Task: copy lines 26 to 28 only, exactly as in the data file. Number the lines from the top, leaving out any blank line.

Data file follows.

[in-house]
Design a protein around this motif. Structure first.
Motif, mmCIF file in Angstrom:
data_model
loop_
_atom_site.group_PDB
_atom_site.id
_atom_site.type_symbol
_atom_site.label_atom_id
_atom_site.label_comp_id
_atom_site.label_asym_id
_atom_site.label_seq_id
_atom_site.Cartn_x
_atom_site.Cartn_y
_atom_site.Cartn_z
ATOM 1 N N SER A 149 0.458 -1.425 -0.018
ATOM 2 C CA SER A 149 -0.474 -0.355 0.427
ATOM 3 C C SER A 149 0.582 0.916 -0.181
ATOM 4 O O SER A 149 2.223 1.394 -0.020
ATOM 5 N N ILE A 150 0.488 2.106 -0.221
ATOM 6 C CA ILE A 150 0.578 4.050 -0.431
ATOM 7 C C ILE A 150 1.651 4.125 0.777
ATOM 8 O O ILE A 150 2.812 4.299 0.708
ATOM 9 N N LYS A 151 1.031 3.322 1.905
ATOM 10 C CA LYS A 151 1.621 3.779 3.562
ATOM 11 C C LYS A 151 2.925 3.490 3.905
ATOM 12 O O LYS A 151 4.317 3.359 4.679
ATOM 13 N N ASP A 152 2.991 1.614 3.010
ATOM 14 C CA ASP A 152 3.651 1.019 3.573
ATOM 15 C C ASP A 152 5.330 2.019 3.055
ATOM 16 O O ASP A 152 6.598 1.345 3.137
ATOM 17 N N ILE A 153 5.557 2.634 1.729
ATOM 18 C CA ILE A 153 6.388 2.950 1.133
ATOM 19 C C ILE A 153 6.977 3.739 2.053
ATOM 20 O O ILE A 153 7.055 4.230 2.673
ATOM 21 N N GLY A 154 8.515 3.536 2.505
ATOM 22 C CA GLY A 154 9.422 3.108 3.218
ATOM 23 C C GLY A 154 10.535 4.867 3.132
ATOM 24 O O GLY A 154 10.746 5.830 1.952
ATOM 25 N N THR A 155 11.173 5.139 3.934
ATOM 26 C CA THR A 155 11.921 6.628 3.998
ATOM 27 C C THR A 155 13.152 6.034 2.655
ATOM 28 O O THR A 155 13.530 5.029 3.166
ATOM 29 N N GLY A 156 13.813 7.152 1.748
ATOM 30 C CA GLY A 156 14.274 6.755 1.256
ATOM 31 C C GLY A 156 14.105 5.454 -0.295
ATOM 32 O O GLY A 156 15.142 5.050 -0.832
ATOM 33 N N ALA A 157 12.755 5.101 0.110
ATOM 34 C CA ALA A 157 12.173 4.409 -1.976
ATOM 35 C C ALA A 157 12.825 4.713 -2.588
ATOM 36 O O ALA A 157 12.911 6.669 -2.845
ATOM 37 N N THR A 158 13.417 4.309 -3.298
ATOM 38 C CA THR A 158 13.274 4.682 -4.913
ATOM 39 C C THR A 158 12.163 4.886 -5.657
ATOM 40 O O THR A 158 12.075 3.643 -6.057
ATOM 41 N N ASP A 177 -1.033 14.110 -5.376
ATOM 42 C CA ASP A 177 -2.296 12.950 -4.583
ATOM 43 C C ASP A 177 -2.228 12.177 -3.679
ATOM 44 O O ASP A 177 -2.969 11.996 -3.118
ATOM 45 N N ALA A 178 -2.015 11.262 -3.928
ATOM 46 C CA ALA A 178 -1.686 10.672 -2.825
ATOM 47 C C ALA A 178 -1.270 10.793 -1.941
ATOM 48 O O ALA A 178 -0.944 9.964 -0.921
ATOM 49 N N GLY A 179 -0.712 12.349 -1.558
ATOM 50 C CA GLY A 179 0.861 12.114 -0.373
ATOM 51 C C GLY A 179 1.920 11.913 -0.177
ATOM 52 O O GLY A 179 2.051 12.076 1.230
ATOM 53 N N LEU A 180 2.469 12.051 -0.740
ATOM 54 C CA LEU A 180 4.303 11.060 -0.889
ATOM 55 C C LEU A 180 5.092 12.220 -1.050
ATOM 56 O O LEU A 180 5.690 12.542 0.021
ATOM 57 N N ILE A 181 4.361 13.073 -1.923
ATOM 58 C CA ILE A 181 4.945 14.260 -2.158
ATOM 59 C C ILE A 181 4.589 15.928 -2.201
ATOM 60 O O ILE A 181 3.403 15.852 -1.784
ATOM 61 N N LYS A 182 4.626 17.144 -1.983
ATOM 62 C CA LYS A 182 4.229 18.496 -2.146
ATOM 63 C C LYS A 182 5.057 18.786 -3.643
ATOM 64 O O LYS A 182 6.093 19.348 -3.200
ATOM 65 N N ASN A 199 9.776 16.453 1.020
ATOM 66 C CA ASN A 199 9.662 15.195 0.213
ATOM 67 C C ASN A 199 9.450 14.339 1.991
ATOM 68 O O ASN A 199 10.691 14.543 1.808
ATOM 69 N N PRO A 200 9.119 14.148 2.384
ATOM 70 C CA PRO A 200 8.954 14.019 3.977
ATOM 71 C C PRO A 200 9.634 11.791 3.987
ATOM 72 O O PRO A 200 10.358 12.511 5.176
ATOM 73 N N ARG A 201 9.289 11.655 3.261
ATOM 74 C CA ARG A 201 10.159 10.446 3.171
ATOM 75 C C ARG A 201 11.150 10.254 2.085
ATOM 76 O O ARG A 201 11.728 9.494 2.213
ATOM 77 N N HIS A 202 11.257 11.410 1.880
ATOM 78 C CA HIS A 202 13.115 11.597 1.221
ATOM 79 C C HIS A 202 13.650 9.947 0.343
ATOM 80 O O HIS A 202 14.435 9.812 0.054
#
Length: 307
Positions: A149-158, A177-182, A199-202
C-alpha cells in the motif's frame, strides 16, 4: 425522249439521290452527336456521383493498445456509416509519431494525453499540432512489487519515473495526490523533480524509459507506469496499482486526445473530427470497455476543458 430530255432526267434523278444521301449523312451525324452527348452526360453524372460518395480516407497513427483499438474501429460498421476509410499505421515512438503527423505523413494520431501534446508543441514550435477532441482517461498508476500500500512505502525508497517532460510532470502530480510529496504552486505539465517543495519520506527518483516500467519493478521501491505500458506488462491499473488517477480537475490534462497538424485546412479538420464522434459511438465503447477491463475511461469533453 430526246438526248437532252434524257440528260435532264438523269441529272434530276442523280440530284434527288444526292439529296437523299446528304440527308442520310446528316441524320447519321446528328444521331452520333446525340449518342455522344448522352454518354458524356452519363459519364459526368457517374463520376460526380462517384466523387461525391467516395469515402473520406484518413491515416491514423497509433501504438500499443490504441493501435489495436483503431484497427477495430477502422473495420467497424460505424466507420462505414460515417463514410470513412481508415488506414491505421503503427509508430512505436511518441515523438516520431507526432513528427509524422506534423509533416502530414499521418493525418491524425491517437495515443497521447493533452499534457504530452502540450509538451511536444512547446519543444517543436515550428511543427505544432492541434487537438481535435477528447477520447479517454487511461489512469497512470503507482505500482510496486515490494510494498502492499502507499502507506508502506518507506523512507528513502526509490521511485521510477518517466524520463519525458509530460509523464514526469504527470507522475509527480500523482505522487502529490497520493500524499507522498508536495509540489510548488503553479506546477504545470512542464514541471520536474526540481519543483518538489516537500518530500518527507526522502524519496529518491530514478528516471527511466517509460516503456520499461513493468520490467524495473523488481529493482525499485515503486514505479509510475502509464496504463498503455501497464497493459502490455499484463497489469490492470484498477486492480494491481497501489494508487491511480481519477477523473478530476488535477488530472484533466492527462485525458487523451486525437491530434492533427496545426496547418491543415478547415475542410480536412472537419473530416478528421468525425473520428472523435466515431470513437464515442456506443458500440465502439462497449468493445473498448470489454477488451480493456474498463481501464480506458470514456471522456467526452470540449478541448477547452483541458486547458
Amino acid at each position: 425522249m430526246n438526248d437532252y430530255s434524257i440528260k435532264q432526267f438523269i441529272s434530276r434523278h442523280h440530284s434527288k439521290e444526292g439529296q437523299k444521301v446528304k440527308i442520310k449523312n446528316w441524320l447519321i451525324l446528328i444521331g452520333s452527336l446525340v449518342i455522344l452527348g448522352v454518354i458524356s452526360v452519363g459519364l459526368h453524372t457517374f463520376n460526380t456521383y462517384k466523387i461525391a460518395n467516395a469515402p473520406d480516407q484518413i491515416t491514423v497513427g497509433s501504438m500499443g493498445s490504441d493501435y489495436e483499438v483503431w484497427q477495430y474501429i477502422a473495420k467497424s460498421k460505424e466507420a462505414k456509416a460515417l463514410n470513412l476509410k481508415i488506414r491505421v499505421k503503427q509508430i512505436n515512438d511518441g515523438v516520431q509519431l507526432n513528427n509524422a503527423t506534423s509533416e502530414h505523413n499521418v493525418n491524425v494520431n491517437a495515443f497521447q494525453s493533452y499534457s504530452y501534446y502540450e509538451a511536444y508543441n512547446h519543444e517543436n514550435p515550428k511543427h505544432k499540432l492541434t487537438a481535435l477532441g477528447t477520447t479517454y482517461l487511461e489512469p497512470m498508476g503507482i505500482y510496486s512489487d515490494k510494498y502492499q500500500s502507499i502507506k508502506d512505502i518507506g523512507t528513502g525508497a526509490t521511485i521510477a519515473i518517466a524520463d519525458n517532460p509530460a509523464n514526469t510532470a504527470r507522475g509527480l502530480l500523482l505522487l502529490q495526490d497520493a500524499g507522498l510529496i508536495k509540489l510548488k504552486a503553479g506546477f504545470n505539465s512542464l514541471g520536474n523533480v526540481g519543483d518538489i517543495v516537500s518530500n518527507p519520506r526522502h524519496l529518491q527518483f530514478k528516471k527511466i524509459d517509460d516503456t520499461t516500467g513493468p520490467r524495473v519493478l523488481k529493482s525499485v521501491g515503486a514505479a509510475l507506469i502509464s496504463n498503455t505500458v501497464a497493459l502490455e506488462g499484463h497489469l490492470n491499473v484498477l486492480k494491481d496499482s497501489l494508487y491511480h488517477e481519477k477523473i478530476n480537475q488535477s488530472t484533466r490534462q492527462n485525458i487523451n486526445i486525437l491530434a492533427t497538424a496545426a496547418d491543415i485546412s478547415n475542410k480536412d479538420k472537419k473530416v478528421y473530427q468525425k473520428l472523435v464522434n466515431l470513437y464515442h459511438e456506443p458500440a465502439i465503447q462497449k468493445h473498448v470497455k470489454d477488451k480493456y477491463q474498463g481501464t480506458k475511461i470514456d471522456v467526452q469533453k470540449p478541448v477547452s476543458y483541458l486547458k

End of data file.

ATOM 11 C C LYS A 151 2.925 3.490 3.905
ATOM 12 O O LYS A 151 4.317 3.359 4.679
ATOM 13 N N ASP A 152 2.991 1.614 3.010